Mystic Meaning -- Introduction
by Maxine Thevenot

The title of this recording, Mystic Meaning, is drawn from the text of Bethlehem, of noblest cities. When I heard those words, particularly when they were married with the beautiful musical setting written by Philip Moore and recorded on this disc, a few biblical events which have mystic meaning came to mind: the angel Gabriel coming to speak to the virgin Mary to tell her that she was with child; the events surrounding the birth of Jesus the Christ-child; the long and what must have been arduous travels of the magi to the manger; and the bewilderment and wonderment of the husband, Joseph, through most of these events.

Advent signals the start of a new liturgical year and is a season which, for some, marks the beginning of annual traditions. It is a time of waiting in hope, a time for preparation. A time of waiting for God's coming just as the world waited so many years ago. A time to prepare for Jesus' birth through prayer, reflection, and action. As you will hear on the recording, in the words of former Archbishop Rowan Williams set by composer Philip Ledger, "He will come like last leaf's fall. He will come like frost. He will come like dark. He will come like child." As the final verse of Jeremy Bakken's setting of the text Jesu Dulcis Memoria puts it, "Jesus! Our only hope be Thou, As Thou our prize shalt be."

The 12 days of Christmas are often misrepresented in today's busy world. There is the misguided notion in the secular world that Christmas is but one day of the year, the day of Jesus' birth. Present day marketers and advertising agencies would also have you believe that Christmas begins long before the season of Advent begins. Let this recording encourage you to take one of those 12 days to reflect upon the powerful meaning of these wonderful texts so thoughtfully set by the composers. In the words set by John Joubert, "Sing, my friends, and make you merry; joy and mirth and joy again."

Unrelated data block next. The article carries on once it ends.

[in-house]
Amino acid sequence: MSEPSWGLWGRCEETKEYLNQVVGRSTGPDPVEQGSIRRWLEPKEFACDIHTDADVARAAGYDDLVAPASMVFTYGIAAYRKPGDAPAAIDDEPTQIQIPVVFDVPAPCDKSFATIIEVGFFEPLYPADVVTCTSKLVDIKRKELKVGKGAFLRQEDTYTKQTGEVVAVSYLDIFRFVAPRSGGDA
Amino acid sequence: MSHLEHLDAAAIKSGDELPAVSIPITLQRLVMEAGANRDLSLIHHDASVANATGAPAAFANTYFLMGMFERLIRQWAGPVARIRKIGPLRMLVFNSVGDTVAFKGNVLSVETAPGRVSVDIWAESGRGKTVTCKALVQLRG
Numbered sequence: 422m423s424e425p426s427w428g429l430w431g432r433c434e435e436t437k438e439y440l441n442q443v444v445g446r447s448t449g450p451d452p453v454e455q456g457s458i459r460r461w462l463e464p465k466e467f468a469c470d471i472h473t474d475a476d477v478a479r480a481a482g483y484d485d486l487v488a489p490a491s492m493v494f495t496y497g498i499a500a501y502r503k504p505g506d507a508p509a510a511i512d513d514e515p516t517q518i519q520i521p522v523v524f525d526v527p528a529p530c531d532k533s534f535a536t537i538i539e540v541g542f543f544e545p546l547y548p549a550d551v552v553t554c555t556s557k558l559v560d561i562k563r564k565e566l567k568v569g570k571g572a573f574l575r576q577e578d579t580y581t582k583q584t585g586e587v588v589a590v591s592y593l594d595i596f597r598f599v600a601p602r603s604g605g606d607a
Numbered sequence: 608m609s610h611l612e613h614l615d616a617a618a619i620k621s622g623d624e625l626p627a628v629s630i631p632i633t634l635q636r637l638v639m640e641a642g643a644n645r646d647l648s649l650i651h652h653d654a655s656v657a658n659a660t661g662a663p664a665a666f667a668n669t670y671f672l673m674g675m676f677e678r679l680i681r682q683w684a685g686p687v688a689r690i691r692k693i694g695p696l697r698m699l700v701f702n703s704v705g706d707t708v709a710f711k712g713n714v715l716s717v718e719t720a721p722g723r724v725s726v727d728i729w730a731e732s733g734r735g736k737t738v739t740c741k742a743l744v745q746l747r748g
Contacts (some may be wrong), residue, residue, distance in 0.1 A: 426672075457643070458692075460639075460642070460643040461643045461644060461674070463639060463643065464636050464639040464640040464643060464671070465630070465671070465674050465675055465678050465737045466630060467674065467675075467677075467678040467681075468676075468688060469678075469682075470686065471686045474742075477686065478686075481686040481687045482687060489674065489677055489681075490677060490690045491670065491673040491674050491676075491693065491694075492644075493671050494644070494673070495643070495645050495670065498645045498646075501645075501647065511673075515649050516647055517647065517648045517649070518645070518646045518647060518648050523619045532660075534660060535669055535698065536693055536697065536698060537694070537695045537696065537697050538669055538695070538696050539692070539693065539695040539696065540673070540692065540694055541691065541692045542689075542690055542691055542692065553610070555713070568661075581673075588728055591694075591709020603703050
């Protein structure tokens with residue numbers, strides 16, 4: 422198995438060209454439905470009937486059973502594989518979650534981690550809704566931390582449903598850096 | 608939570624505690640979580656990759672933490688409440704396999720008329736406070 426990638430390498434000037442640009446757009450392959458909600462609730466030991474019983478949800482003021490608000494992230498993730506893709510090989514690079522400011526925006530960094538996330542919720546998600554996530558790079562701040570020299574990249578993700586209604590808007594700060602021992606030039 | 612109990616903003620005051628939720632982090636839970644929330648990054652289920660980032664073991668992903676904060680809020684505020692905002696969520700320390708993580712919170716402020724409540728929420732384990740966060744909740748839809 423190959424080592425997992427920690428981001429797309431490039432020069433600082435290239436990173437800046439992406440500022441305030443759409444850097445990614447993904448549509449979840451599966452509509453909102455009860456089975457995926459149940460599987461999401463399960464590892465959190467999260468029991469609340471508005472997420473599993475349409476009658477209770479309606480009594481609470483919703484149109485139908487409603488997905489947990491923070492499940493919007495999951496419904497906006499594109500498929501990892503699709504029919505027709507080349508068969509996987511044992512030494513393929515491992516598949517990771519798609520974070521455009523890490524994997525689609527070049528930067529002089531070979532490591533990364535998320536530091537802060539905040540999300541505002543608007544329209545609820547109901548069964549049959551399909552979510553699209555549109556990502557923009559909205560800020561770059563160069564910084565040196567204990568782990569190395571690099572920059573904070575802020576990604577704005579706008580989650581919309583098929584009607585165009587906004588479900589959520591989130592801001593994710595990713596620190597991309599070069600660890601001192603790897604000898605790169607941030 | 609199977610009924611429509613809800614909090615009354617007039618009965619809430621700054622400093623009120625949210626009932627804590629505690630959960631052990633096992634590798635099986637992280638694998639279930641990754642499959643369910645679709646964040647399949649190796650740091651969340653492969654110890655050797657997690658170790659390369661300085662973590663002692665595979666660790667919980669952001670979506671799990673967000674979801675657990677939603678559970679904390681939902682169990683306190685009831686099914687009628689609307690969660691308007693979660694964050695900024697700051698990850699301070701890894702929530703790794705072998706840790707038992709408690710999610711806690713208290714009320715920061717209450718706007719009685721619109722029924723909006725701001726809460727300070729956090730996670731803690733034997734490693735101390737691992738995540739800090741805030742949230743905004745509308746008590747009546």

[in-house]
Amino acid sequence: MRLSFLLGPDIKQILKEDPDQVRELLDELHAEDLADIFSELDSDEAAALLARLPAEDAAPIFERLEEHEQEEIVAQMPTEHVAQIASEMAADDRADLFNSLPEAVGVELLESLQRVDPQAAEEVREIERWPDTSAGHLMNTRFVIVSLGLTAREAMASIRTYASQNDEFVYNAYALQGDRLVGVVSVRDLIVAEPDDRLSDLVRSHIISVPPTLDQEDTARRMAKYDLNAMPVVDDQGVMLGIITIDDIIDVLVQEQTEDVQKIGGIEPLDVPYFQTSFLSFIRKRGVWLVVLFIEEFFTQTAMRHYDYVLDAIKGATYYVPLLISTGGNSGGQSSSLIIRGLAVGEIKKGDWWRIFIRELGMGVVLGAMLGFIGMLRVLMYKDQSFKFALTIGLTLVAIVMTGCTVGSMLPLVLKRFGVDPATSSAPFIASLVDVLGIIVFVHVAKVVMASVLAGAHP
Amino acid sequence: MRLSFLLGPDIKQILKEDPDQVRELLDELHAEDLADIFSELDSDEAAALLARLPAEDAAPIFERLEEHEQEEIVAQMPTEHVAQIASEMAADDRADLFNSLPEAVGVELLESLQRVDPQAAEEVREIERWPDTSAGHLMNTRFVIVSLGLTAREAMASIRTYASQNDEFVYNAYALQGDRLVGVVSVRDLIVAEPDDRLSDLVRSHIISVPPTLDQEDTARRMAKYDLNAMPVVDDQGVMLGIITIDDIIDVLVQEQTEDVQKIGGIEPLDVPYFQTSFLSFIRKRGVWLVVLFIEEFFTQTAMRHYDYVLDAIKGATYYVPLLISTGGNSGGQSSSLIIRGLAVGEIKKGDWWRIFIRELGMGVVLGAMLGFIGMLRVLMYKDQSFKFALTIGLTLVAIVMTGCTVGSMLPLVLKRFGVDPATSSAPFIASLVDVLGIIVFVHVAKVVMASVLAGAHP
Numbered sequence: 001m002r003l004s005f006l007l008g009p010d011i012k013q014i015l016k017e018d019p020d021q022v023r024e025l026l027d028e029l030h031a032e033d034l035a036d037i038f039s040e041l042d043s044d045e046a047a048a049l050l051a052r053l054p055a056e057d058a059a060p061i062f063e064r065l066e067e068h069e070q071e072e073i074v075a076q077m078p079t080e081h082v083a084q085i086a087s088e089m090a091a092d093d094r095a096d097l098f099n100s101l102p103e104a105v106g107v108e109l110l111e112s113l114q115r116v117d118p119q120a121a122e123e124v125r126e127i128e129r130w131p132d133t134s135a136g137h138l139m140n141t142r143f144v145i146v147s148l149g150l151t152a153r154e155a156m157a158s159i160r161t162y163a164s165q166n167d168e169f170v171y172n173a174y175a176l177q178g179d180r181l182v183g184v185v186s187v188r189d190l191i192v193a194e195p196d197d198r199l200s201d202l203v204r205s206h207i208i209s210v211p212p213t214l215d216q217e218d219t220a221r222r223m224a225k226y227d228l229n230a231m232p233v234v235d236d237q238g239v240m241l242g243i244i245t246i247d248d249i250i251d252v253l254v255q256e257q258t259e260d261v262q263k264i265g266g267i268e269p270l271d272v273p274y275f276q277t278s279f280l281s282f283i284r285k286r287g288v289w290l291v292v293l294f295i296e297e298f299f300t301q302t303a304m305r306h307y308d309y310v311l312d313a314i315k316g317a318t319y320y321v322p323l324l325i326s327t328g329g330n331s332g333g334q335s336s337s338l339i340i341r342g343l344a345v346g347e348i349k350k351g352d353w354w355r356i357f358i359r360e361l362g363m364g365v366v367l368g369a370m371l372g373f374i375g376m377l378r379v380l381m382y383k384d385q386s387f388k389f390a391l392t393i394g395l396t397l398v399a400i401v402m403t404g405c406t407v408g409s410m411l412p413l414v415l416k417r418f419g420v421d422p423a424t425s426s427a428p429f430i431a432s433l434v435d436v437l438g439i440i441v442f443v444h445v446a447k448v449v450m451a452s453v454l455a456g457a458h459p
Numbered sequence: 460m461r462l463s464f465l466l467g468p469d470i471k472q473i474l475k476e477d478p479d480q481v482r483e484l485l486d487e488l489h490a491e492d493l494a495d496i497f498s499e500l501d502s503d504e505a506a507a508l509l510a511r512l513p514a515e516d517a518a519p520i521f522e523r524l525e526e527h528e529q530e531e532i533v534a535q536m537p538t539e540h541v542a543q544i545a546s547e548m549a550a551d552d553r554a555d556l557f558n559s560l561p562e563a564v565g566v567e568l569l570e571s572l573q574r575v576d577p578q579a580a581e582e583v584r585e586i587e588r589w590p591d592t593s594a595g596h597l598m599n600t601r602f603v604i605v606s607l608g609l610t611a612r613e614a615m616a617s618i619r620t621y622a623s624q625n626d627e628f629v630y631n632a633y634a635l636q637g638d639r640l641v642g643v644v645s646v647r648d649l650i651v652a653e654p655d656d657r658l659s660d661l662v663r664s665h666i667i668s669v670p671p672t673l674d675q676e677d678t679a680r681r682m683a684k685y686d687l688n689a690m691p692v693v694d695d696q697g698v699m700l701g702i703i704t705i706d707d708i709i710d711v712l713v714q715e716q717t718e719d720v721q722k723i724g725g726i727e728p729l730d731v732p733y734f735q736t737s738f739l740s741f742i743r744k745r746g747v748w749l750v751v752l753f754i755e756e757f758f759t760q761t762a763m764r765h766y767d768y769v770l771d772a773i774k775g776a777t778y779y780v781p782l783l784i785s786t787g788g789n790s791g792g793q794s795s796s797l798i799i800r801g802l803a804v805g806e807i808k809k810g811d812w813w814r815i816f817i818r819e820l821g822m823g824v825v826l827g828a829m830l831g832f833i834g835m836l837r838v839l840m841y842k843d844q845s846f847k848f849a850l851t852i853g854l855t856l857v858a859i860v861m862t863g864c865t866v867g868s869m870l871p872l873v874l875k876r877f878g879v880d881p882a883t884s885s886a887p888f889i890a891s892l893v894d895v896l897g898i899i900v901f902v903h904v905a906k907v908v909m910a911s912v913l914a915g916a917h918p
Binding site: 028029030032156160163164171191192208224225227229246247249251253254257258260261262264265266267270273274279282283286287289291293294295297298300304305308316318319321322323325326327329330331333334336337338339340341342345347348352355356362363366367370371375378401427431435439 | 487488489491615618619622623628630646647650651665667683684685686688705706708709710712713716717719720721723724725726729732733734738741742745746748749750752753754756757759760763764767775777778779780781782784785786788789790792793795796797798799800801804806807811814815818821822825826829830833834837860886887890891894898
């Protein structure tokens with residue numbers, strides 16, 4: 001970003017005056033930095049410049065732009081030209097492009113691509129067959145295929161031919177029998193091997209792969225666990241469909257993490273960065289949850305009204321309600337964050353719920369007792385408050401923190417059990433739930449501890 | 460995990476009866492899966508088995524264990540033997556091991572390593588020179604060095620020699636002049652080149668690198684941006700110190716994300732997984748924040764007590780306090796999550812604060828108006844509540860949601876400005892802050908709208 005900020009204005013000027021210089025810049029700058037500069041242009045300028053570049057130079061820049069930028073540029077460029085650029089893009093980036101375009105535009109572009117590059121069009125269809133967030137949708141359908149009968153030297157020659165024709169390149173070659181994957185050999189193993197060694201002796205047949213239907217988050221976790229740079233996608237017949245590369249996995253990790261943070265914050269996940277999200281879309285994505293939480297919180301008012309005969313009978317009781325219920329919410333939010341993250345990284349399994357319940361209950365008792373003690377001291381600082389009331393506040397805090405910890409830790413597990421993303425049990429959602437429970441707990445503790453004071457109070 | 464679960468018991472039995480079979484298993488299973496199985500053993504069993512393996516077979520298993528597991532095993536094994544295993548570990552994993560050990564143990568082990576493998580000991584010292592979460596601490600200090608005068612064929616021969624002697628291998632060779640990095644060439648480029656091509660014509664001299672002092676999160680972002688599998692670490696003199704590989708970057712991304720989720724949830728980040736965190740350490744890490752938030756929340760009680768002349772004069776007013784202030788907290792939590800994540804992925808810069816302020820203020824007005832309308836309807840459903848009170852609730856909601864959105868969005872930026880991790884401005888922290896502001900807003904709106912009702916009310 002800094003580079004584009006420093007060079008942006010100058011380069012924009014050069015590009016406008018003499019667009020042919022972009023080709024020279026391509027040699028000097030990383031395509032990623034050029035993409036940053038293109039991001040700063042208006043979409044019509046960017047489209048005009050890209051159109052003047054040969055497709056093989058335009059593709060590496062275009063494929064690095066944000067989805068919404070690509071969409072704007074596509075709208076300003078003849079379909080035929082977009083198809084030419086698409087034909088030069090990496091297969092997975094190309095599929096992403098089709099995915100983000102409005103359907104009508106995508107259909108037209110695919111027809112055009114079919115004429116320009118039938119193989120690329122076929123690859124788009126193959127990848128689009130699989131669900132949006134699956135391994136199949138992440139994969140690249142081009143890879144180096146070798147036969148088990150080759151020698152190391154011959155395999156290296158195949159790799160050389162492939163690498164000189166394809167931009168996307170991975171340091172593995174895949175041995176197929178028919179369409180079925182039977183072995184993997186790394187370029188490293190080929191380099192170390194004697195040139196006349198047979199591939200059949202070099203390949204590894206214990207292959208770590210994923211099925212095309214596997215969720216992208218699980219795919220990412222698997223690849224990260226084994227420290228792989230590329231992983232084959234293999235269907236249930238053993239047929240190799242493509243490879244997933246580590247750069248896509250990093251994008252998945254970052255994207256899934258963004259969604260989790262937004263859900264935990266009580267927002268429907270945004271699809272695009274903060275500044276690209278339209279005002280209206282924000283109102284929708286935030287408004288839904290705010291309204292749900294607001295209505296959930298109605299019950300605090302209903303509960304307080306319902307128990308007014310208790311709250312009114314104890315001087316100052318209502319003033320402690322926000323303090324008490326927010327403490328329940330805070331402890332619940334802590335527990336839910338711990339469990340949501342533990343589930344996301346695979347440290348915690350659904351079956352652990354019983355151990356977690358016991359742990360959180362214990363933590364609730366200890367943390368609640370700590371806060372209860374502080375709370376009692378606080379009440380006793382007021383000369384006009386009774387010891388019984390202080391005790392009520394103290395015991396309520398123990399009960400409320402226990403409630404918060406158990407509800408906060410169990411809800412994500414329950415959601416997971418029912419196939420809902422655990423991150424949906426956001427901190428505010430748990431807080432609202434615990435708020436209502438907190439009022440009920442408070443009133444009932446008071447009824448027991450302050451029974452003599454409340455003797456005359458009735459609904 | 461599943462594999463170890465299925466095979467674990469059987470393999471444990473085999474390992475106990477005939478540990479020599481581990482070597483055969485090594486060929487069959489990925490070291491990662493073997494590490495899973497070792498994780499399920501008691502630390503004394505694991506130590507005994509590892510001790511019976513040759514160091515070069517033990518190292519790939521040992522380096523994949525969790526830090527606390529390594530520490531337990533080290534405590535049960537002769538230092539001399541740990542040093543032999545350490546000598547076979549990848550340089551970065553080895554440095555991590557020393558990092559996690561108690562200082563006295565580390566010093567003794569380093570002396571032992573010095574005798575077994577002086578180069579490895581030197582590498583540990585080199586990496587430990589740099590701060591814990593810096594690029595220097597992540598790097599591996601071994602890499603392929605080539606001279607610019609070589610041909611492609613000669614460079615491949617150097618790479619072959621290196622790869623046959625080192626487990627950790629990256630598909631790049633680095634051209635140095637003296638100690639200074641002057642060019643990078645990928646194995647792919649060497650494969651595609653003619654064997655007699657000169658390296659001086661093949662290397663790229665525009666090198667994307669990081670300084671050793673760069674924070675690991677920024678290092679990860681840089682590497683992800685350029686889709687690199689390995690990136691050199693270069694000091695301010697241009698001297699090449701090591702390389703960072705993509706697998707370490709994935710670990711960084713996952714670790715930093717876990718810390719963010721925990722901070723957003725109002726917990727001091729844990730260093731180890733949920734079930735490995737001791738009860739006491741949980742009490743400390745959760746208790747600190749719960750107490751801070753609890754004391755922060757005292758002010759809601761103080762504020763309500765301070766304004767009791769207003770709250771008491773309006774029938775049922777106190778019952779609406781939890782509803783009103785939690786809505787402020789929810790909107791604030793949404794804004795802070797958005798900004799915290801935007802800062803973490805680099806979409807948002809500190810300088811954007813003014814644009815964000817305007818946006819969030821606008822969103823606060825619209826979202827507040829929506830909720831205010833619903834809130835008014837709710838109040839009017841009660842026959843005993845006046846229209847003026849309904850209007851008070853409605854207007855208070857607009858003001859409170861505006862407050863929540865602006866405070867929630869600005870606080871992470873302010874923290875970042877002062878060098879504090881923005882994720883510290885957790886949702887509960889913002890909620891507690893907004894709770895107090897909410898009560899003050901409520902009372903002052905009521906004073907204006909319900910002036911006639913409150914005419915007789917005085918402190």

We hope that this time of reflection will offer you the opportunity for religious discovery and, through deeper understanding, the chance to share a closer relationship with God. We hope that by reading the texts and translations you might reach some sort of state of enlightenment, perhaps even an epiphany of your own.

This recording is not one that indulges in traditional carols or traditional texts made popular over the airwaves. This recording explores the poetry of writers and, with a few exceptions, modern musical voices of living composers. This recording offers organ solo works that can be played during the seasons of Advent, Christmas and Epiphany. Five of the works recorded here are premiere recordings. Through these poets, composers and interpreters we hope to offer you a celebration of the human capacity for wonder and tenderness, and offer a fresh perspective on a traditional story.

<font color=red>Mystic Meaning<BR>Music for Advent, Christmas, and Epiphany</font><BR>The Choirs of the Cathedral of St. John, Albuquerque, New Mexico<BR><font color=red>Reviews TS in <I>Cathedral Music</I> \". . . I was quite bowled over . . .\"</font>